Legal question

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    • #43939

      If you shoot a parade on a public street, are there any copyright issues? You can see the people in the shots, and in the parade. Do you need each persons ok, or is it legal because it was public?

    • #184127

      I have shot “live” coverage and edited a “canned” version of the Seal Beach, California, holiday parades, complete with Santa, and area businesses and youth club floats, bands, etc. In that particular situation, working either under the auspices of the SBTV-3 cable channel, and as an independent, even dubbing selling copies on demand, I’ve not run up against any legal challenges. I’ve obtained no releases other than verbal authorization by the city council to do so – both ways, for community cable and as a privately produced program.

      I have unofficially and without clearance, videotaped, edited, submitted to cable television and sold copies of the Chinese New Year parade in San Francisco.

      And, I have unofficialy and without clearance or authorization, shot not only July 4th and related parades in Huntington Beach, both ways, as well as the local Iron Man competition, local/area marathons and 10k, etc. runs, Easter parades, as well as major events at area cemetery/mortuary establishments (these with the blessing of the establishment for event coverage, selling copies of the event as well as being paid by the establishment to shoot, edit & deliver what might be being held on private commercial property but is none-the-less a public event).

      Last, but not least, usually only with the verbal approval of the planning organization I have produced video of car shows, powwows, renaissance events, etc. with NO legal problems/requirements thus far. That is not to say I haven’t simply just been lucky (I often will do things guerrilla style using the “eat” cookies from the jar before asking approach) but thus far over a period of many years these type events have been produced, shown on cable on area public access channels and sold privately to inquiring parties without legal ramifications.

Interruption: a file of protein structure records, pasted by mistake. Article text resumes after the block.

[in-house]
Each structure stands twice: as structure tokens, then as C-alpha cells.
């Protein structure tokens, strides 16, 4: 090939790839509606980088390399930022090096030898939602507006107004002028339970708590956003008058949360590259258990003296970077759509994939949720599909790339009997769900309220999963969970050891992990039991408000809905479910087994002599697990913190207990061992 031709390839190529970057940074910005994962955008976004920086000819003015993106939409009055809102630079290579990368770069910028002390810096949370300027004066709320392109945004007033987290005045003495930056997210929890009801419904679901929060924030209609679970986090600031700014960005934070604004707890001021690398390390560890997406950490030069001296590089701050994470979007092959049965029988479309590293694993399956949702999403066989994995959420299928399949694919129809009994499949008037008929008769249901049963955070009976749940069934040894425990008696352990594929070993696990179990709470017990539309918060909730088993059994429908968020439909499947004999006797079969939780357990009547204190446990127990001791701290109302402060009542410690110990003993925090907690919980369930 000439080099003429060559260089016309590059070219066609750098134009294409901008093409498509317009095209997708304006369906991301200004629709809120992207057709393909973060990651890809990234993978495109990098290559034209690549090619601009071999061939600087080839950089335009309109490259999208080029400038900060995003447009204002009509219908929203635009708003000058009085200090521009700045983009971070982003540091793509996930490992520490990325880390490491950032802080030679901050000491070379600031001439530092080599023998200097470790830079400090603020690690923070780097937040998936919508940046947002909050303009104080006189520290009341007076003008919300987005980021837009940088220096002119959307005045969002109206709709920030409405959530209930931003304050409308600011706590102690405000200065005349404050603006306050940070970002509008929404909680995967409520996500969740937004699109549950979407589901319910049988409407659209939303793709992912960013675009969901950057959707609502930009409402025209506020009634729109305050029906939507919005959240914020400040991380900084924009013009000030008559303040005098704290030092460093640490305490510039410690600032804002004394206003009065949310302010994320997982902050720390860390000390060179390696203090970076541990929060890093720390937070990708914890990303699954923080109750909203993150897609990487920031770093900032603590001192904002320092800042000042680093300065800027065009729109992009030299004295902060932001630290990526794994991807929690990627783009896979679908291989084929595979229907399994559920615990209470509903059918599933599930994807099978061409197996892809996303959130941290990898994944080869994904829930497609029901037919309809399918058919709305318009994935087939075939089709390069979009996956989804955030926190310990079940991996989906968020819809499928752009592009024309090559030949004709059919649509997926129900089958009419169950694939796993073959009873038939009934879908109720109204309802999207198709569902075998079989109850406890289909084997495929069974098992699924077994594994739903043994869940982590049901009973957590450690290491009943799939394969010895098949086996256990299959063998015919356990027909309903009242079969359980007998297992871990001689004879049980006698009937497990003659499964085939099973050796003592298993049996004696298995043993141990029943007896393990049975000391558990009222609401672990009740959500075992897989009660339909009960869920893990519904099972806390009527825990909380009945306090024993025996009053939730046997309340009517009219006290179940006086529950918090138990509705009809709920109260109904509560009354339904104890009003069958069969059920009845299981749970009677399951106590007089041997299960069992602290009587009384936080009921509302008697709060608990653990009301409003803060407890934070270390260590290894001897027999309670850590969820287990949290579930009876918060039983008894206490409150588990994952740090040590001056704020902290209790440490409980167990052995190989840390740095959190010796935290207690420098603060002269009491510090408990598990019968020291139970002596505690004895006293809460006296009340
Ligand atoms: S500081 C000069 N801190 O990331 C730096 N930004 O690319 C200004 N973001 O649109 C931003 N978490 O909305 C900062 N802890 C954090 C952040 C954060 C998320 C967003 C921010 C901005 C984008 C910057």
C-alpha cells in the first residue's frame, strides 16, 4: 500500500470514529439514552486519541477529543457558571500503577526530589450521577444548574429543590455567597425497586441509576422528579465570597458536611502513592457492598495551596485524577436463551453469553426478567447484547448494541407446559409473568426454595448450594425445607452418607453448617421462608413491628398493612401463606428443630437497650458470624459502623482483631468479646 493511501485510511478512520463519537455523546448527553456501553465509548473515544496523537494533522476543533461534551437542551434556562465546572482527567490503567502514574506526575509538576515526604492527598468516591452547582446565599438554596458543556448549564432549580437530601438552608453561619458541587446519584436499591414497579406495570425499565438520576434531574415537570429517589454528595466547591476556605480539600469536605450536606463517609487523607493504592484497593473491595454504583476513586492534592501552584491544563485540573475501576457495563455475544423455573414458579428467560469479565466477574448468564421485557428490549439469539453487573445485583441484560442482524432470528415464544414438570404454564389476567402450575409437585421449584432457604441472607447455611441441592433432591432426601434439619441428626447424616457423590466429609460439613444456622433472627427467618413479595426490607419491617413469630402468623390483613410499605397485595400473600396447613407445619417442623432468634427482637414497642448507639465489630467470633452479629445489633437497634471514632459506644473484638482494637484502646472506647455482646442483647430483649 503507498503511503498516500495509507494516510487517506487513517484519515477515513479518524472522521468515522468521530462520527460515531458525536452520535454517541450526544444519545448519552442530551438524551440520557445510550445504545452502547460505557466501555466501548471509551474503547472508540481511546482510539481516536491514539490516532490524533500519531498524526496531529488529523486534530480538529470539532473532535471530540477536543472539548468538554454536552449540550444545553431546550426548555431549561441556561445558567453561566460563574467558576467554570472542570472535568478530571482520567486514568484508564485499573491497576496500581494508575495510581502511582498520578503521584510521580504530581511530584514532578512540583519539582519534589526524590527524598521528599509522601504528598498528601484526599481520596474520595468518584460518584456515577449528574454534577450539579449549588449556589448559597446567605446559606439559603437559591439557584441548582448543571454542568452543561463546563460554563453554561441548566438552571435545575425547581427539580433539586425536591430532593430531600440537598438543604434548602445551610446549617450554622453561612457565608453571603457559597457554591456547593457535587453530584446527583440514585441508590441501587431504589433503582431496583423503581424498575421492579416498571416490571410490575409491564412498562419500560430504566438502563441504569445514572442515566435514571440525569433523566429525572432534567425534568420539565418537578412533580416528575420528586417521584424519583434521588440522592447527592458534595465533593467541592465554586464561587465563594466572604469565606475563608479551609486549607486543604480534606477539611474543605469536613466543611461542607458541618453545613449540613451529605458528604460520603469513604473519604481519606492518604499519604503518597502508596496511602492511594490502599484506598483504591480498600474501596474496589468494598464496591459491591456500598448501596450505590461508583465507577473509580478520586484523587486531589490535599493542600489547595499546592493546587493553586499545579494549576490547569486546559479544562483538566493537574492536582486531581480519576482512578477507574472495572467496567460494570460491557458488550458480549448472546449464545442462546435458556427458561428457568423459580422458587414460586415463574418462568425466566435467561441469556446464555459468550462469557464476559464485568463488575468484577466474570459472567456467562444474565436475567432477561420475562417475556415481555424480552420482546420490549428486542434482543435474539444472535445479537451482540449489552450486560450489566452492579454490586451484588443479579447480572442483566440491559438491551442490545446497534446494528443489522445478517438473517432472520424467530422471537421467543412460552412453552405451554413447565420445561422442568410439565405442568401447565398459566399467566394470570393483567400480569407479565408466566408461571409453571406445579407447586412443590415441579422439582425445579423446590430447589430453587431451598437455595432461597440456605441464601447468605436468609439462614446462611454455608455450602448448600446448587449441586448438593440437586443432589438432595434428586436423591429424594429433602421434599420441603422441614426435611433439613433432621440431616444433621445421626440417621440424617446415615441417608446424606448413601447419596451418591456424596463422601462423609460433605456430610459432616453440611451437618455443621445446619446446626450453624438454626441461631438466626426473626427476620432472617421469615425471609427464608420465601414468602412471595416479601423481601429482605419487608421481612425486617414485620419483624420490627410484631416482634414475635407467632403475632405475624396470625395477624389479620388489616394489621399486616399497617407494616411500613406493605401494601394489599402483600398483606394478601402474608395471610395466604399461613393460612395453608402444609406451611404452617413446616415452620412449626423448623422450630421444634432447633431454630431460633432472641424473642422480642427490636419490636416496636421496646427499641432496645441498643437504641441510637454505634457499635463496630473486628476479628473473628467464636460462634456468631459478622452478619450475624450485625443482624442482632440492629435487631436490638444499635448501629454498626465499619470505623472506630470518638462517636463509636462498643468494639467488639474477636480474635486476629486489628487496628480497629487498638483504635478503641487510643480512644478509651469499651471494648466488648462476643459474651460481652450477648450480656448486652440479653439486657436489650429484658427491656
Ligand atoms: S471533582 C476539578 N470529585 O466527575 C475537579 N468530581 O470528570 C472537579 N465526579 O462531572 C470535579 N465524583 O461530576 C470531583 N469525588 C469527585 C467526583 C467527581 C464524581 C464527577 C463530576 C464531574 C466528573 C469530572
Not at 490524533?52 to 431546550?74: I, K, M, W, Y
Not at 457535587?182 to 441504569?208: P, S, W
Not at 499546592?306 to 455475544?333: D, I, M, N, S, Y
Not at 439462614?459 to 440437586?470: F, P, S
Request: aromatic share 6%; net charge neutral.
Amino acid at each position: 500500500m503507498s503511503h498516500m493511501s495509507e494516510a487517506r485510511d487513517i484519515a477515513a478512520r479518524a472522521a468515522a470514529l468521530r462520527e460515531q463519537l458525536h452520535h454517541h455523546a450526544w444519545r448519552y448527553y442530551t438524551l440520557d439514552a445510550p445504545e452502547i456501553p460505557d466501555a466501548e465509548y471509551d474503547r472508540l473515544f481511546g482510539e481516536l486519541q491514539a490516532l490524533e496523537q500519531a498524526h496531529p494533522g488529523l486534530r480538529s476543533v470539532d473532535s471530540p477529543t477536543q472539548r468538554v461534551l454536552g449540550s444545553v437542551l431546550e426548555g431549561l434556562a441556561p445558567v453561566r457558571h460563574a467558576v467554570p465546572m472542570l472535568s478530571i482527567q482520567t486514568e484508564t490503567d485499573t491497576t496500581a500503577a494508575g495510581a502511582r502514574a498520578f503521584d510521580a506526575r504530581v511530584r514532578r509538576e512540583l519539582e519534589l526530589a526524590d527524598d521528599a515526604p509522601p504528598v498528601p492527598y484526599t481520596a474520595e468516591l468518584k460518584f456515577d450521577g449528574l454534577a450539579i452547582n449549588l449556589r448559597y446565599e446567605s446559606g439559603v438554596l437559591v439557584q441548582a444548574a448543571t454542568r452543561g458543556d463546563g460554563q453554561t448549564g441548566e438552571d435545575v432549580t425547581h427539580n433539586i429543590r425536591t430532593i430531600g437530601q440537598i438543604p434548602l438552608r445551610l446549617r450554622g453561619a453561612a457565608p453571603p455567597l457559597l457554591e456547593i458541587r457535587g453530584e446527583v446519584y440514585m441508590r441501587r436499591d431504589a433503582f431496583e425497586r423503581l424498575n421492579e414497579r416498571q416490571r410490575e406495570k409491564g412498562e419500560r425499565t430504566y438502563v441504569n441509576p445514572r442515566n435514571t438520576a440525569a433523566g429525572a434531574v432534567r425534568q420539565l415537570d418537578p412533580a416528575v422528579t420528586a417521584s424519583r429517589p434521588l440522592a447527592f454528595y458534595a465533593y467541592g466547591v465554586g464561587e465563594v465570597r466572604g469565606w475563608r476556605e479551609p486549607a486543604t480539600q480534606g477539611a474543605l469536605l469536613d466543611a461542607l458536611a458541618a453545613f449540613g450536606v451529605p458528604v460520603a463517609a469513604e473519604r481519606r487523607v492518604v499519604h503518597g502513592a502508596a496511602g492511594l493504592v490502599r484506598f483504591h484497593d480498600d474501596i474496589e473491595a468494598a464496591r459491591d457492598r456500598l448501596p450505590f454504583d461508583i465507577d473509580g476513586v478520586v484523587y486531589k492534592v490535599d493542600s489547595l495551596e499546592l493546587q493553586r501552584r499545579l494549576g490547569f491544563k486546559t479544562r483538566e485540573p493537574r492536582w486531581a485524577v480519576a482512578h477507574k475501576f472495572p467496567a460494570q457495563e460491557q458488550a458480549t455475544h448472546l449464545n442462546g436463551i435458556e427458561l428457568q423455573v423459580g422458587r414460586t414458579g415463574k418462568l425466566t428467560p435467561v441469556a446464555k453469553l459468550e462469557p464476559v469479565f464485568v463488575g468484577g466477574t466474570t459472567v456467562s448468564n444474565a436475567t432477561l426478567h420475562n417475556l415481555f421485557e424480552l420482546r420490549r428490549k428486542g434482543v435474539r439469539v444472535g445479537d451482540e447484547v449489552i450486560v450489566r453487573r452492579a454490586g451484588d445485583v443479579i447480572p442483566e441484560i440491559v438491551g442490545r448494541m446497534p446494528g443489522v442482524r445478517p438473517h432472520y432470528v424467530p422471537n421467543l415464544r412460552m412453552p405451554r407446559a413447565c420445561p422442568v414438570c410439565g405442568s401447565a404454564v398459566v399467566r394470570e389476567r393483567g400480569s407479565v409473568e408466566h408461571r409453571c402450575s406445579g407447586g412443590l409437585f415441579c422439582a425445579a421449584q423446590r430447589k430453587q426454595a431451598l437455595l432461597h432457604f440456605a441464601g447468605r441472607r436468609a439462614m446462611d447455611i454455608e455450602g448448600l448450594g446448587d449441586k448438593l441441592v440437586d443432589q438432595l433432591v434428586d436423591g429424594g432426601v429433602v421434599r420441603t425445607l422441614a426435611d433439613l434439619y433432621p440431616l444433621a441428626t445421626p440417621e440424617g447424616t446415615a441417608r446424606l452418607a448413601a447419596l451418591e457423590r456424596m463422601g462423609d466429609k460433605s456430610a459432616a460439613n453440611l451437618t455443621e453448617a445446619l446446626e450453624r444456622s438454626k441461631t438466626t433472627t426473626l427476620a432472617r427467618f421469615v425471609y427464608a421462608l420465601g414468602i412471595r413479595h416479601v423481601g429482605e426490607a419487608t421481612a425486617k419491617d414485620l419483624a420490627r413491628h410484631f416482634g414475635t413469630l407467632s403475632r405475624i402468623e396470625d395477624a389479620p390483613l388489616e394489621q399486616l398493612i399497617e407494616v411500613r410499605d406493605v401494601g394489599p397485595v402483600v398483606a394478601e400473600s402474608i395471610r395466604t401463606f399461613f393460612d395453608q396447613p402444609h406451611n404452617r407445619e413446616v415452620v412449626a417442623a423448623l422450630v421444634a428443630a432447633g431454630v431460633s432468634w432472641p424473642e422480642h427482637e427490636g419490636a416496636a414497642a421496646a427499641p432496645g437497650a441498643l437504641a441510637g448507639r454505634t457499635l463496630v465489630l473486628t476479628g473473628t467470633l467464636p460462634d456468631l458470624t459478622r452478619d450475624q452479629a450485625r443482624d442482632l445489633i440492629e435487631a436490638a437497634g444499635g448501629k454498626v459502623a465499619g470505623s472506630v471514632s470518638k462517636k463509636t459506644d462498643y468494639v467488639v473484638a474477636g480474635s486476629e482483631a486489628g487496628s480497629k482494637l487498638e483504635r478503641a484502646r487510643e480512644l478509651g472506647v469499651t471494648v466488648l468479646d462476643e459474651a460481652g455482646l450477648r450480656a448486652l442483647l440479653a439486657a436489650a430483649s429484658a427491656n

Is/was all this “legal” in the letter of the law(s)? Probably not, but…

      Not intended, of course, as legal advice. Not responsible for any actions taken or liability incurred by persons using this information. I do not claim to have legal license or knowledge of the many potential laws that might govern videotaping and production or the public showing paid or private of such events by any given state or other governing entity. Necessary disclaimer.

    • #184128

      Technically anyone’s face that shows in a video must have signed off the right for you to do so. Most of the time in extra’s by means of a mass crowd nothing happens with it.

    • #184129

      Earl and Jedichick are both right.

      Technically you are supposed to get permission from those who’s faces are shown in a crowd, but most times that is impossible to do. However, when shooting an event in a public place like a parade, park, etc. with large numbers of people you are allowed to do so particularly if you are shooting news footage and not focusing on specific individuals in a crowd like you would during on the spot interviews. Ideally, you want to get a signed release from those you focus on for interviews, but if time does not allow the best thing to do is record them giving their full name and giving their permission for you to shoot them on camera. It gets dicey as you need to make sure your name, job title and what the footage is to be used for clearly stated on the audio track. This is mainly a CYA tactic in case of the odd legal challenge.

      BTW, Jedichick, that’s one mighty fine avatar! Now be kind enough to lift my X-wing out of the swamp….

    • #184130

      x2 on not dwelling too long on individuals.

      (I presume you’re getting stock footage.)

    • #184131

      I would just pass along some advice my mother gave to me a long time ago, about writing:

      “Ask yourself if it would make them upset. If not, then you are probably OK.”

    • #184132

      These days, pretty much ANYTHING you say, write, videotape or record has the capacity for “usetting” somebody somewhere. There was a time, even I can remember, when this was not so. Sad to say, the day of getting by without setting somebody off about something is long gone.